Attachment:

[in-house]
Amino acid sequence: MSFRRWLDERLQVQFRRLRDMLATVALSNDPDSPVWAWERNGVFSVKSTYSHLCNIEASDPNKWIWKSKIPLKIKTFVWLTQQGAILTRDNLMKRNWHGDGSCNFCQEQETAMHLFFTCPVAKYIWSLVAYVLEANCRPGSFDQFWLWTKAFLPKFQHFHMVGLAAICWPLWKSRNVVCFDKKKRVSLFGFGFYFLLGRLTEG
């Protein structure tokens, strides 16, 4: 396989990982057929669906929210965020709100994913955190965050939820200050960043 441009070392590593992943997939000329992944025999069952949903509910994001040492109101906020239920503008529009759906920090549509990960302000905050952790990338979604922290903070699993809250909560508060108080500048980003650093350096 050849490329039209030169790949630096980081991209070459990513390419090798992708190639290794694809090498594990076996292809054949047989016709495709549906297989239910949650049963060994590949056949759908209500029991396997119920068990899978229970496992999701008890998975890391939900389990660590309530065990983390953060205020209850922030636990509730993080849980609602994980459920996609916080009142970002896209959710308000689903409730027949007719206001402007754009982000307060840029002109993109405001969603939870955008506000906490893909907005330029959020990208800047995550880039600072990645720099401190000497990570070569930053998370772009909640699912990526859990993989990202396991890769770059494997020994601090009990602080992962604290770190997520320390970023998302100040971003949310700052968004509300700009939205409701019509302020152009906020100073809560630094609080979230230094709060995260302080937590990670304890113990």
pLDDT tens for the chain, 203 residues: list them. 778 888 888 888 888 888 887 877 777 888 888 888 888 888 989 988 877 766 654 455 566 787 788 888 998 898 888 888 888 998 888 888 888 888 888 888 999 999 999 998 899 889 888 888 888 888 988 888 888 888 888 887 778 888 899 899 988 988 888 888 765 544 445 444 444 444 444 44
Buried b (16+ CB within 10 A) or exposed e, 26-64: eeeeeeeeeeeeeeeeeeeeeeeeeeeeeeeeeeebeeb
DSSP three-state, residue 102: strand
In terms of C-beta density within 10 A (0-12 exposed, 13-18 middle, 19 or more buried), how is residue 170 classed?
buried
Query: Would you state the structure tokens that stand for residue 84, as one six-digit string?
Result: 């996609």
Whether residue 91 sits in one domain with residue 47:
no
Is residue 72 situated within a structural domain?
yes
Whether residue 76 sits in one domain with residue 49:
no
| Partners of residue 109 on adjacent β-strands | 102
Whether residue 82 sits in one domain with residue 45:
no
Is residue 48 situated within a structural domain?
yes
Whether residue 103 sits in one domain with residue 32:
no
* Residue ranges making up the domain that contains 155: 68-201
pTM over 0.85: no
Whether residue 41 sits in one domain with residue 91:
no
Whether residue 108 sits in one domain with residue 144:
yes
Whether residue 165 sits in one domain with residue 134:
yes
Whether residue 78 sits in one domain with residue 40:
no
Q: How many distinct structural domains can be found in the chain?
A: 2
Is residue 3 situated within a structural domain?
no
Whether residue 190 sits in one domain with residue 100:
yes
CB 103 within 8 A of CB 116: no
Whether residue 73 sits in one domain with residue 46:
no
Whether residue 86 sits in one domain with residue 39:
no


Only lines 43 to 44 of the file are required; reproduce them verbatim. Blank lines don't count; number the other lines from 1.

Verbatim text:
Whether residue 86 sits in one domain with residue 39:
no